Oh, hey, what’s this, Mark Zuckerberg submarining news publishers who have built their businesses around clicks and mindless social media videos? I think it is!

And more from Facebook:

Because space in News Feed is limited, showing more posts from friends and family and updates that spark conversation means we’ll show less public content, including videos and other posts from publishers or businesses.

As we make these updates, Pages may see their reach, video watch time and referral traffic decrease. The impact will vary from Page to Page, driven by factors including the type of content they produce and how people interact with it. Pages making posts that people generally don’t react to or comment on could see the biggest decreases in distribution. Pages whose posts prompt conversations between friends will see less of an effect.

There was also a letter sent to big legacy media outlets – which Facebook has partnered with and now stabbed in the fucking back – explaining that, yeah, your views are gonna go down, this after Facebook Instant Articles (when posts are published directly to Facebook, with Facebook’s ads) was met with a collective meh by most big media outlets (though they perform fairly well for us), while others shifted to producing short, catchy square videos that served no other purpose than to mindlessly distract you from whatever it is you were doing.

You may think I have just the sourest grapes here, seeing as though this site was built using Facebook pages, but it’s mostly the opposite reaction. The media industry, with all of its troubles lately, has constantly turned to THE NEXT BIG THING to save themselves. Instant articles, video, stories, subscriptions, social content— almost all of which are impacted by Facebook in some way. The problem with that strategy, though, is that it gives all the power to Facebook, Twitter, Google, Instagram, Snapchat and so on. Those platforms become the gateway to accessing your content. Every time one of these things takes off, I hear from countless people that we should be doing thisthis, and this, and then inevitably the trend dies a horrible death and everyone’s clips with overlayed text presented by Elkins Chevrolet, live podcast streams, and pizza review dies a slow, painful death. Basically every local media outlet – and most national ones, too – have invested in scores of social media producers to churn out this sort of stuff, mostly video lately, because that’s what Facebook’s algorithms favored. And while certain types of content may continue to receive priority, outlets will undoubtedly be scrambling to compel interaction– so look for posts asking you to share your favorite sports memory, nominate someone or something for an award, and send to a friend to enter.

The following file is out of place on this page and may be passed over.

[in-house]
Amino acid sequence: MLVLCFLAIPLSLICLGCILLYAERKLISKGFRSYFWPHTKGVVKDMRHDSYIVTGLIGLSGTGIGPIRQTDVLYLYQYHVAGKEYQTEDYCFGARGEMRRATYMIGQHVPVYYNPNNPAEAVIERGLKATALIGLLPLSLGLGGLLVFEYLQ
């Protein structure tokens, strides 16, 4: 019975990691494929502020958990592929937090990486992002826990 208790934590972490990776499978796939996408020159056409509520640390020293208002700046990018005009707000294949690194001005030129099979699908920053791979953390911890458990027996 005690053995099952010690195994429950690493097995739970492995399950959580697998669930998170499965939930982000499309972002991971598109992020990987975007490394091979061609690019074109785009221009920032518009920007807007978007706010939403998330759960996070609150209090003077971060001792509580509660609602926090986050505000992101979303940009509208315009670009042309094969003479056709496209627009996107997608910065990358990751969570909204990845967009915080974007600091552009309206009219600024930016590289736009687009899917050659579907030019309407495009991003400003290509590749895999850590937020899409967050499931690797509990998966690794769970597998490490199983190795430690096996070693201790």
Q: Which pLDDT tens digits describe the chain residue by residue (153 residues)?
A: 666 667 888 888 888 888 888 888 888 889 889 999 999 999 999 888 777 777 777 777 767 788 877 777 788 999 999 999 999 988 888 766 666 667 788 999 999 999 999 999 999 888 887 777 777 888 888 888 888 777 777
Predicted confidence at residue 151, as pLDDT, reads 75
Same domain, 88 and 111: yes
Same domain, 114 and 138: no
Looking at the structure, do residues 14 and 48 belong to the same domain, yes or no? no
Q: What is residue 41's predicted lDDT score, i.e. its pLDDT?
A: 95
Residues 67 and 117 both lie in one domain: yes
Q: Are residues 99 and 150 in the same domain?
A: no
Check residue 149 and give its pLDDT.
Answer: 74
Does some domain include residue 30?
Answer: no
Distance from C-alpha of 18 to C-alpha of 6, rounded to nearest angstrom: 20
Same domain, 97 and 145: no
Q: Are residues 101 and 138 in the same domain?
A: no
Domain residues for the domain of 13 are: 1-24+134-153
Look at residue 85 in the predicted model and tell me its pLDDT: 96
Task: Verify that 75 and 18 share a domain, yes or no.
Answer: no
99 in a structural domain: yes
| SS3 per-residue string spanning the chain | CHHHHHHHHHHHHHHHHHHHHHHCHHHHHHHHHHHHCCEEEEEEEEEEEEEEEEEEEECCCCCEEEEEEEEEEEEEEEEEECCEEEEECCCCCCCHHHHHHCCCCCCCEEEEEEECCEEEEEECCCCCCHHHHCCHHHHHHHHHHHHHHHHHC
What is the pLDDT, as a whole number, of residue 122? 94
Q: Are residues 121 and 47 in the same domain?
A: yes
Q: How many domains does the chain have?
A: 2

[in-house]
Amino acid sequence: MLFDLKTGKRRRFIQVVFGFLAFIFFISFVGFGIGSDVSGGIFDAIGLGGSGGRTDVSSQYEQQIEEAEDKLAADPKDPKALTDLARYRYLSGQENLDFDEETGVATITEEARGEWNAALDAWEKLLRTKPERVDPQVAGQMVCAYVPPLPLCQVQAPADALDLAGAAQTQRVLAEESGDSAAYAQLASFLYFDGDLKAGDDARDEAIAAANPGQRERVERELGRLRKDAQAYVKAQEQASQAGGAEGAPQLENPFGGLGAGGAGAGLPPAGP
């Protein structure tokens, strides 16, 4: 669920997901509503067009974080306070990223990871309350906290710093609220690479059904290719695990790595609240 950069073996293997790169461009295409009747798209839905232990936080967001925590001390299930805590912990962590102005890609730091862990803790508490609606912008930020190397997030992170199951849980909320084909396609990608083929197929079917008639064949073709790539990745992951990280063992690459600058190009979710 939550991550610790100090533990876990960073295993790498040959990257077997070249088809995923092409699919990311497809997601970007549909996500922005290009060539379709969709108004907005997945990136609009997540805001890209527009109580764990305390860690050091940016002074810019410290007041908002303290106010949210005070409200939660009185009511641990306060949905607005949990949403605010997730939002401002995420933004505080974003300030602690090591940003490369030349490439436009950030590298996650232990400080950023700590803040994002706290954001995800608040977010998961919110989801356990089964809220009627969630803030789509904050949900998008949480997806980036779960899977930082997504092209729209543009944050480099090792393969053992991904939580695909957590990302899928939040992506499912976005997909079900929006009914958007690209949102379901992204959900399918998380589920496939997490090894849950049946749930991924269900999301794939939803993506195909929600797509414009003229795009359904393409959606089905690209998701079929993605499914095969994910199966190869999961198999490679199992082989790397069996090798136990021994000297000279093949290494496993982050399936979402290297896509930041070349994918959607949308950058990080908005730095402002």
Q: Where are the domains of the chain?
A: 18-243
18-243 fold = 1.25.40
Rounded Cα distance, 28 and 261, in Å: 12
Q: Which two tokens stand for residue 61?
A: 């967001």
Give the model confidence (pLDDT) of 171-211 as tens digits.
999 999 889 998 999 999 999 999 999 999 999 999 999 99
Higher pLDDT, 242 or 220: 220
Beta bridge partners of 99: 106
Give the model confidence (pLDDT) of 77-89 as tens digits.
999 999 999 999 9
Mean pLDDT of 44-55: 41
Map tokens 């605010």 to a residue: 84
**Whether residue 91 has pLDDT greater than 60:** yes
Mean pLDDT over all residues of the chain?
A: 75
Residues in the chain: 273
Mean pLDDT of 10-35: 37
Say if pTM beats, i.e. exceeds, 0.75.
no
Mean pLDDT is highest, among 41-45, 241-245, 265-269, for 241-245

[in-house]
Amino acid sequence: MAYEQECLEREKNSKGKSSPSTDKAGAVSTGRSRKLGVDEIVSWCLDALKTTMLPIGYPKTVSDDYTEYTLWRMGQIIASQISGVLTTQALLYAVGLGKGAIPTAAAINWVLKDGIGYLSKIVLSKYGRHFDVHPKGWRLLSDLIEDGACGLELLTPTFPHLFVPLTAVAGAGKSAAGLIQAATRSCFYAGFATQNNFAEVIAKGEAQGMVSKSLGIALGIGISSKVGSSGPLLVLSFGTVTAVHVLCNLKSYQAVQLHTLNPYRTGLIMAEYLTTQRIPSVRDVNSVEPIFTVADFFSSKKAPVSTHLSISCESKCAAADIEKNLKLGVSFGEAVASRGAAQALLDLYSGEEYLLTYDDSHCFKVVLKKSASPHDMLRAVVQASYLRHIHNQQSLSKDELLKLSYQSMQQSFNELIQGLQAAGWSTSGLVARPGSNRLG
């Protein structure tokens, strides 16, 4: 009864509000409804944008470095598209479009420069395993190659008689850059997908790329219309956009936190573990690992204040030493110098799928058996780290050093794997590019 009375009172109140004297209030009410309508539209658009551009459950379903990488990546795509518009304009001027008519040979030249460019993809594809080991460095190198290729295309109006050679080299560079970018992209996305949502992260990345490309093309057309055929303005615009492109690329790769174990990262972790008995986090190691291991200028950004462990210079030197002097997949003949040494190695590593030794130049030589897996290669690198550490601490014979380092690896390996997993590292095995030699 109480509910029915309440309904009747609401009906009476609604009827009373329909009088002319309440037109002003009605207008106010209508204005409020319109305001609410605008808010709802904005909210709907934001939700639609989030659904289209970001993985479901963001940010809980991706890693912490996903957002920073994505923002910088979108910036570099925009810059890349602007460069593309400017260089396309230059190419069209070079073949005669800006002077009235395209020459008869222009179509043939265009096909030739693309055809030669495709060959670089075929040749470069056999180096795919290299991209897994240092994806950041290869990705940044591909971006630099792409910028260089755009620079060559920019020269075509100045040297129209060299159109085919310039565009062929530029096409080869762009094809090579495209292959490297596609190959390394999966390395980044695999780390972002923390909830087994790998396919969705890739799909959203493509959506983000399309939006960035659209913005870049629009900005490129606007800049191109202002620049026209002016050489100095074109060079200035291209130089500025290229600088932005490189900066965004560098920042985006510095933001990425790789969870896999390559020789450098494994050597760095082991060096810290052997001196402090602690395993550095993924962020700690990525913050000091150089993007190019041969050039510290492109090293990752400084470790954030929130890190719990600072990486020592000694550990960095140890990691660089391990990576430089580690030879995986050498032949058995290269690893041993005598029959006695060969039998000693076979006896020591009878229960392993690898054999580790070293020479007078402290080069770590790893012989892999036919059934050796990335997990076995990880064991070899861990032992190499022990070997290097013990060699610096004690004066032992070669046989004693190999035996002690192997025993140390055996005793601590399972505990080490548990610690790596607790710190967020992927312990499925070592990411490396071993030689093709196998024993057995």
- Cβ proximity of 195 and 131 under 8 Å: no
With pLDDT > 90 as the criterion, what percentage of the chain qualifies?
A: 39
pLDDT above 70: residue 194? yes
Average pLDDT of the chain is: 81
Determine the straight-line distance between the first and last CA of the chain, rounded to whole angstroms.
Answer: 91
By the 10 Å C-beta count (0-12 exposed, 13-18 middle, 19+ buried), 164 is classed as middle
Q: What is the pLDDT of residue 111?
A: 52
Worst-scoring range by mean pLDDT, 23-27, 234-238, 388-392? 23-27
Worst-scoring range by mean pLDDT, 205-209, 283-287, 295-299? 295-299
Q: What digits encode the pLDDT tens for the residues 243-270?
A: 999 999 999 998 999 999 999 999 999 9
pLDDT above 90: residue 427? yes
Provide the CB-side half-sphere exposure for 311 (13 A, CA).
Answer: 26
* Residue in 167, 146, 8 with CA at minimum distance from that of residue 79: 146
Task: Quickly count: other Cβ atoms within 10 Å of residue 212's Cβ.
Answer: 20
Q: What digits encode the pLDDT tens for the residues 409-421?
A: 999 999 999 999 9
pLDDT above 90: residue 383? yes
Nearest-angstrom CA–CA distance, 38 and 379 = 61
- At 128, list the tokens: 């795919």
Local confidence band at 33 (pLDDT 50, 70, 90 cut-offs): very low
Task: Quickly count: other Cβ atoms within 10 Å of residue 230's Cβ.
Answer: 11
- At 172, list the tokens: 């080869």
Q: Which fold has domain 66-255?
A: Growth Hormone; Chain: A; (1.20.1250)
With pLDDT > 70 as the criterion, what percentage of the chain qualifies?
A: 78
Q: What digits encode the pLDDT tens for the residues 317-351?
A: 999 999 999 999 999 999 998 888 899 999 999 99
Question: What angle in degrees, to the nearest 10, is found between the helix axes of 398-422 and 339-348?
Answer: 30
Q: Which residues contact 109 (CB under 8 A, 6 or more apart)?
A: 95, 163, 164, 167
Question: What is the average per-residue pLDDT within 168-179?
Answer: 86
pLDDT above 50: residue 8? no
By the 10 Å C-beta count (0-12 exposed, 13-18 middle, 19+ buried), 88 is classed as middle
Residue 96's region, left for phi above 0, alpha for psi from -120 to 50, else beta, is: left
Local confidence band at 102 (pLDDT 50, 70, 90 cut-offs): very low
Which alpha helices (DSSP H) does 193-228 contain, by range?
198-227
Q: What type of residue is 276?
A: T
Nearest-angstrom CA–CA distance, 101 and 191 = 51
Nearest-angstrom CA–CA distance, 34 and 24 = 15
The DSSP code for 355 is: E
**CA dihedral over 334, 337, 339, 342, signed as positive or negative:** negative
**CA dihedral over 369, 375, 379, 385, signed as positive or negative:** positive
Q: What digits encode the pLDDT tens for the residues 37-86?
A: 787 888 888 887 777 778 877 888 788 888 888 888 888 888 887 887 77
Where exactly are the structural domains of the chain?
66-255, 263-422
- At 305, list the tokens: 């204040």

Meanwhile, we’re over here still with 60% of our page views coming to the homepage, with another 23% coming on individual posts from the homepage. I’m guessing most media outlets would supply a specimen sample for that type of loyalty. Has not relying on the latest trend cost us some views? Absolutely. But it’s also allowed us to maintain our audience.

I can celebrate the demise of shitty Facebook videos and click grabs because we’ve been there ourselves with a big platform making a change. Google royally penetrated me from behind last year when they decided to change an algorithm in the way surveys were displayed. That’s why we now have different surveys. So, yeah, it sucks, but I kind of respect what Facebook is doing here… even if it means media outlets and businesses will now just have to pay them to get their message across. So much for your sponsored bordered square videos.